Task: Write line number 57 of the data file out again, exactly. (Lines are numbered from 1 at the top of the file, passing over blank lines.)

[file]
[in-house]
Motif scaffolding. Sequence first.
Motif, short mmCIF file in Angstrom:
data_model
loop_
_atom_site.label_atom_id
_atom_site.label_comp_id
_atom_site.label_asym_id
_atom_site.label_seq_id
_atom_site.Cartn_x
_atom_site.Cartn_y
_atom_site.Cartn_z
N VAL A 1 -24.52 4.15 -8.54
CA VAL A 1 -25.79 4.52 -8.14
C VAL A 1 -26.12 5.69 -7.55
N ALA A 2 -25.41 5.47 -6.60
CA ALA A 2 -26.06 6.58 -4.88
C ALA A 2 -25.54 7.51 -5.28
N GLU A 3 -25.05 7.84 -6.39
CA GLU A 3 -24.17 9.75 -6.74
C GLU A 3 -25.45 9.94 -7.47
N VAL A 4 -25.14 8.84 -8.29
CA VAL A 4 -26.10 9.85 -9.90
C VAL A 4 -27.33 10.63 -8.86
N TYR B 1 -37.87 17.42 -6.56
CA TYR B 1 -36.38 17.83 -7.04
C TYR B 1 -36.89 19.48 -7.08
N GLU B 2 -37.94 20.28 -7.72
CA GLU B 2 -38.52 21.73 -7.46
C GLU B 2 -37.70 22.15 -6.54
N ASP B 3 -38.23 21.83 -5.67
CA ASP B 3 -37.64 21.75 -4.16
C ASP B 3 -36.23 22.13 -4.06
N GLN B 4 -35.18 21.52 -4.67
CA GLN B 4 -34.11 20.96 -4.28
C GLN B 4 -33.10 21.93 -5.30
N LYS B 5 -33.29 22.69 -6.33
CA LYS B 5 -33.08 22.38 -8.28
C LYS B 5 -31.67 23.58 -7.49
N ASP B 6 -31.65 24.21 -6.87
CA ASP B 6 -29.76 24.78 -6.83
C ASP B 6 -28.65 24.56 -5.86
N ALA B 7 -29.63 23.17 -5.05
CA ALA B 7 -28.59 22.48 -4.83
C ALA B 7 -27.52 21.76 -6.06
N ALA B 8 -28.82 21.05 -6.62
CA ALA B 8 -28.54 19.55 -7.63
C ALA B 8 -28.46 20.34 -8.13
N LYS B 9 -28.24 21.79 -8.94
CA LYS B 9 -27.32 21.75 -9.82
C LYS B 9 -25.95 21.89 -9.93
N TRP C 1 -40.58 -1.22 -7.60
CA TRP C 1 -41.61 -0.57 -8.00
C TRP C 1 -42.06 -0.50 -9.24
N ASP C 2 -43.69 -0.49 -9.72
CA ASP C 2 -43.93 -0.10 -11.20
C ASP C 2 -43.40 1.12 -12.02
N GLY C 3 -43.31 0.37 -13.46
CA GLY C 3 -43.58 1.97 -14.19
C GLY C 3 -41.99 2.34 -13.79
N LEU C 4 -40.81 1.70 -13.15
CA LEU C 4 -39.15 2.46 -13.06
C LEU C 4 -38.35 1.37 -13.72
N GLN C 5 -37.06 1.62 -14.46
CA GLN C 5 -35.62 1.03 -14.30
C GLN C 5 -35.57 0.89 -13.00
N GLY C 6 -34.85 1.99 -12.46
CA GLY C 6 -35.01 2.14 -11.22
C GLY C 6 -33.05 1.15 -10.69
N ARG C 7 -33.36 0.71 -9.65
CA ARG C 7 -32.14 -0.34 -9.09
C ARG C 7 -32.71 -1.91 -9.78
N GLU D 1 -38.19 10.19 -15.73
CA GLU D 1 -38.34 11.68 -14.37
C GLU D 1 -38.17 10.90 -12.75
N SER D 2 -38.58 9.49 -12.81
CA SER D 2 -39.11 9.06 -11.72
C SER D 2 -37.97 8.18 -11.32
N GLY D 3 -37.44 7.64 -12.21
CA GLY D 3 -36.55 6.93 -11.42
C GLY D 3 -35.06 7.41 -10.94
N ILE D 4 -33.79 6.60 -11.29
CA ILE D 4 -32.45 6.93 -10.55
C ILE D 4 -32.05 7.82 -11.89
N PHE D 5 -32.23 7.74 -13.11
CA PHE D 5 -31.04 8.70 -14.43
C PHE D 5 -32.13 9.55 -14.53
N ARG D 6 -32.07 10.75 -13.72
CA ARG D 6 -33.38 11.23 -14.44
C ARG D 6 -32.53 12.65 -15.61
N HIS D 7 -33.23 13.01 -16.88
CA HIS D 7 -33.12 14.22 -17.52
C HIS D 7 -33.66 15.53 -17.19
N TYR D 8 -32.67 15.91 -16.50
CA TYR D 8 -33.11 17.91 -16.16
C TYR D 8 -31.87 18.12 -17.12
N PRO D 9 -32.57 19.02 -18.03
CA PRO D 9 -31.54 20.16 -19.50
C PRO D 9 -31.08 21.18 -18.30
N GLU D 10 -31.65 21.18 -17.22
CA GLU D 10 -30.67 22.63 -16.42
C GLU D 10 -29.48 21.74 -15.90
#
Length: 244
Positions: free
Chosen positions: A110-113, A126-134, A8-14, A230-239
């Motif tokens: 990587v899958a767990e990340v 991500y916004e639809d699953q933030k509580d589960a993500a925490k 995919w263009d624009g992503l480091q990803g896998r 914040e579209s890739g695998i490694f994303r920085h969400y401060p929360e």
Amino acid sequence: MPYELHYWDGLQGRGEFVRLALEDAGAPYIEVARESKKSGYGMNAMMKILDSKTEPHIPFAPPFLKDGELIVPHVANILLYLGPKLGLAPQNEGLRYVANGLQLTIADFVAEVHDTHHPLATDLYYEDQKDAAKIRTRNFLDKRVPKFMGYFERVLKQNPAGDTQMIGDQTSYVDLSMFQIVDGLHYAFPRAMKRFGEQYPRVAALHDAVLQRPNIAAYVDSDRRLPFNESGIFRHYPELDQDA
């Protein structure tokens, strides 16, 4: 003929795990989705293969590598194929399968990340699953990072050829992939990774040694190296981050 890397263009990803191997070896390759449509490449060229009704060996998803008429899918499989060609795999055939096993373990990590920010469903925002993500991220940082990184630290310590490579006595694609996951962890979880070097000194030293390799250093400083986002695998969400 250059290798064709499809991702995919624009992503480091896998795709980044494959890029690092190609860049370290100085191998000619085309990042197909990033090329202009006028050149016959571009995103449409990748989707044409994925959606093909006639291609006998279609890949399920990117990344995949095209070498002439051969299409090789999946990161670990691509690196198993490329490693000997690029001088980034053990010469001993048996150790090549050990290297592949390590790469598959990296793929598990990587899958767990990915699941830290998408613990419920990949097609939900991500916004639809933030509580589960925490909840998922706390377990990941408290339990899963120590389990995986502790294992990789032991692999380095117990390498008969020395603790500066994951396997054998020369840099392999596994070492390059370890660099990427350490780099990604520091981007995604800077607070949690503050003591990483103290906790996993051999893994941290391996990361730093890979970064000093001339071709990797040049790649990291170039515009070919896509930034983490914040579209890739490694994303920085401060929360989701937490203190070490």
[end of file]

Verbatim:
C ASP C 2 -43.40 1.12 -12.02